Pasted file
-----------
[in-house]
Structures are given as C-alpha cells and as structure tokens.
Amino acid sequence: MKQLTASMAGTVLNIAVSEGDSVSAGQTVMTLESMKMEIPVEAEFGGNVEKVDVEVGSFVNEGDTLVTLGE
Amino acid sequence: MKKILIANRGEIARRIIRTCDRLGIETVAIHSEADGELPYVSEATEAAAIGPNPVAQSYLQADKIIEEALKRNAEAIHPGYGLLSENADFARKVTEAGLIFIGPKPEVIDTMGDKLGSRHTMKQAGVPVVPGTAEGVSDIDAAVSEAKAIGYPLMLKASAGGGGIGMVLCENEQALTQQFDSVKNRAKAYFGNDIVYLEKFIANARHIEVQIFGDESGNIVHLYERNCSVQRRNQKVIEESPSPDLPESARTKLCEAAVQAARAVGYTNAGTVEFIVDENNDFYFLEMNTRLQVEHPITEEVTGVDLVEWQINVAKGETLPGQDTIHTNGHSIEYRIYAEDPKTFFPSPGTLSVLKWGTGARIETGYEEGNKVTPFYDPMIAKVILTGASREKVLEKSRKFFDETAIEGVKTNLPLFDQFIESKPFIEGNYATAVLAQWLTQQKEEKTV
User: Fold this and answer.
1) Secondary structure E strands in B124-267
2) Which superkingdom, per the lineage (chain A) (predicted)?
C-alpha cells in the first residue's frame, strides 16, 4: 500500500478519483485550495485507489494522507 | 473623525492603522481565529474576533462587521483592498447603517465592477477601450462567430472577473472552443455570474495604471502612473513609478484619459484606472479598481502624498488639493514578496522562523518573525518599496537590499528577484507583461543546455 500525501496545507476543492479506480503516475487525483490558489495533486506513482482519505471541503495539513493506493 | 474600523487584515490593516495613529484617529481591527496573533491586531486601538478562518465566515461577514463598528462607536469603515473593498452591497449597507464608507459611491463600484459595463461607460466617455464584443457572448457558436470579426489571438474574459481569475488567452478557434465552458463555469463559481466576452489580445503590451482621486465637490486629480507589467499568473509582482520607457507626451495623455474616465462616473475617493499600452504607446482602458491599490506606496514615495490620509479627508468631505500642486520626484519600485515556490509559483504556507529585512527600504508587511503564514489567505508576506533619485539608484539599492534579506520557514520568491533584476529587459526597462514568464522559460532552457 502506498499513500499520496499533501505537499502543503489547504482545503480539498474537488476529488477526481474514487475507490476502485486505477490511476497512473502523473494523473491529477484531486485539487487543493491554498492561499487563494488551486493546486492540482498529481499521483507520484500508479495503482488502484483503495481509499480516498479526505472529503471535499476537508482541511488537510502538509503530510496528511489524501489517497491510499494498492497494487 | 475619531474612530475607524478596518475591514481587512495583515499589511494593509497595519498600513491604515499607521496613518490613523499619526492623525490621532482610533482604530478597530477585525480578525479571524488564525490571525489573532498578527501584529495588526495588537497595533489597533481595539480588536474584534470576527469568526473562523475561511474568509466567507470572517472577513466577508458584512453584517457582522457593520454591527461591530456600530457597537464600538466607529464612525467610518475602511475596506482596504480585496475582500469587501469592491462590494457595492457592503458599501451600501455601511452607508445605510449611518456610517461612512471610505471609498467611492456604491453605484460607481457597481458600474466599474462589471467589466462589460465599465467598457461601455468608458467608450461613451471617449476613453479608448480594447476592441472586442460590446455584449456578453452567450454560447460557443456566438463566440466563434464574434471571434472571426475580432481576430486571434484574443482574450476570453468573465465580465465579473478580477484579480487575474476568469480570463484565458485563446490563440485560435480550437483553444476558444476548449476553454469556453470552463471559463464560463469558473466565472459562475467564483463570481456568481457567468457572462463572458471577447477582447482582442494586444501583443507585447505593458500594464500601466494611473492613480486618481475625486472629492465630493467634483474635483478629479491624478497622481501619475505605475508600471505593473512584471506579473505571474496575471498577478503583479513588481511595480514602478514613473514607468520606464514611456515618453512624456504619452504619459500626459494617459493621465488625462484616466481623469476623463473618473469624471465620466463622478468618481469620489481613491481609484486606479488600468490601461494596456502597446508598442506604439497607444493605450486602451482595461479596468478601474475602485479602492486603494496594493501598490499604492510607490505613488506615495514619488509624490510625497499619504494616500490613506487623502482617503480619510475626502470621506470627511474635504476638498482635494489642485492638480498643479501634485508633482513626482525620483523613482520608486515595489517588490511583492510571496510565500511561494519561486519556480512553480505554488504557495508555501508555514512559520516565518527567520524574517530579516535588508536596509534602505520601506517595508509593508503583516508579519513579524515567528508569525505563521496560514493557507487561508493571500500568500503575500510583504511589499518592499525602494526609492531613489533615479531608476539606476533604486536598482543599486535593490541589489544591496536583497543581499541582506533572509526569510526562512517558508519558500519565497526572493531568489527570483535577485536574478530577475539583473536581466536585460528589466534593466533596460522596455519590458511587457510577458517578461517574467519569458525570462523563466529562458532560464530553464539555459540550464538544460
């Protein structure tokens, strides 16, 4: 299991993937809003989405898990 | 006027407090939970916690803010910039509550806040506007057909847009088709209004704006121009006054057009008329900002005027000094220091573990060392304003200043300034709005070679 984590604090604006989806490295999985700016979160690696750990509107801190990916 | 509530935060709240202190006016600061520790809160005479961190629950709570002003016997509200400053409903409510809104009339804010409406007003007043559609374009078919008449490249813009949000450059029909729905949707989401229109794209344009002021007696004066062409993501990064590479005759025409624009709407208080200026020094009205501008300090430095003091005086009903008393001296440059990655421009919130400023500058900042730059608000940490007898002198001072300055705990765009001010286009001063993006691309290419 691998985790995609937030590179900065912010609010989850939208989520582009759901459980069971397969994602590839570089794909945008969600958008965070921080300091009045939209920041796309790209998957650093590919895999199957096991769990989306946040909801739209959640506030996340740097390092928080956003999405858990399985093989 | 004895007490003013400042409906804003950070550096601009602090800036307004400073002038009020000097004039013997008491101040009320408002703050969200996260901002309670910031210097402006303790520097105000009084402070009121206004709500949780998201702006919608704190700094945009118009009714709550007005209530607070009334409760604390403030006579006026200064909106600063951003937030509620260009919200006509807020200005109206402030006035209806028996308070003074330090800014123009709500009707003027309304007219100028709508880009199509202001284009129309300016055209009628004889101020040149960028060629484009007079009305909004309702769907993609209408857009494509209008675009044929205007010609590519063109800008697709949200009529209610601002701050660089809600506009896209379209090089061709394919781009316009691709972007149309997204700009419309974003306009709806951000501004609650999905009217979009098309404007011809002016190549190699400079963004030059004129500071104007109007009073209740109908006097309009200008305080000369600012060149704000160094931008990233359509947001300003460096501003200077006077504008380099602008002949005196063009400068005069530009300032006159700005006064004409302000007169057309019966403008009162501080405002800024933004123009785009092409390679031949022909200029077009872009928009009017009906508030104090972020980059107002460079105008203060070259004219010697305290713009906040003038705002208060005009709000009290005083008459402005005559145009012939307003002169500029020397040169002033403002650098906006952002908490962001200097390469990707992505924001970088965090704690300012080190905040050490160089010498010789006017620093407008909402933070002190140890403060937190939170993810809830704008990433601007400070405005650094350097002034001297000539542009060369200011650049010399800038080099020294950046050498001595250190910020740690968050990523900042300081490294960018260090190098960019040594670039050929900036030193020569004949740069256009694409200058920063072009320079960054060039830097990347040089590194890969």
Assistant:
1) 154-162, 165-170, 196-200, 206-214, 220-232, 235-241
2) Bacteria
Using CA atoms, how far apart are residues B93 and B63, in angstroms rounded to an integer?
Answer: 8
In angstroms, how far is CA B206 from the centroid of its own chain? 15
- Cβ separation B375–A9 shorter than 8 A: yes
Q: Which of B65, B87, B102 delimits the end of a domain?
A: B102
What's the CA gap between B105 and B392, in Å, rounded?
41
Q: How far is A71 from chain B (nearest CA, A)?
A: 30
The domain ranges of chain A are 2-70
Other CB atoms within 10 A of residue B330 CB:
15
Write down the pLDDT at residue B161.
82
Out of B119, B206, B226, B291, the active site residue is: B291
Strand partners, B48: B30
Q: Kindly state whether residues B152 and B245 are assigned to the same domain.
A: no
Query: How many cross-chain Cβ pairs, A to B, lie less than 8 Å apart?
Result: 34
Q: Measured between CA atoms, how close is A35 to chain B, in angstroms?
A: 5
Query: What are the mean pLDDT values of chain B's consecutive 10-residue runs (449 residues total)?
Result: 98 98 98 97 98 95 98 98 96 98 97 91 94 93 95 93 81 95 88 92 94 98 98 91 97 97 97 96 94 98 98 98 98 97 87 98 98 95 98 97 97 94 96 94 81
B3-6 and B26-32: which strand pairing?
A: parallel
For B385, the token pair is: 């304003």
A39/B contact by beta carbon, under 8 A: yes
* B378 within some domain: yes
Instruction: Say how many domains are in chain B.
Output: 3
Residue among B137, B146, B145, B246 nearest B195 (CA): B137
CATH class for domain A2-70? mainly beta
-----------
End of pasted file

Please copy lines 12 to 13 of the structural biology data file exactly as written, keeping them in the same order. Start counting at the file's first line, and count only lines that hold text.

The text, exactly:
2) Bacteria
Using CA atoms, how far apart are residues B93 and B63, in angstroms rounded to an integer?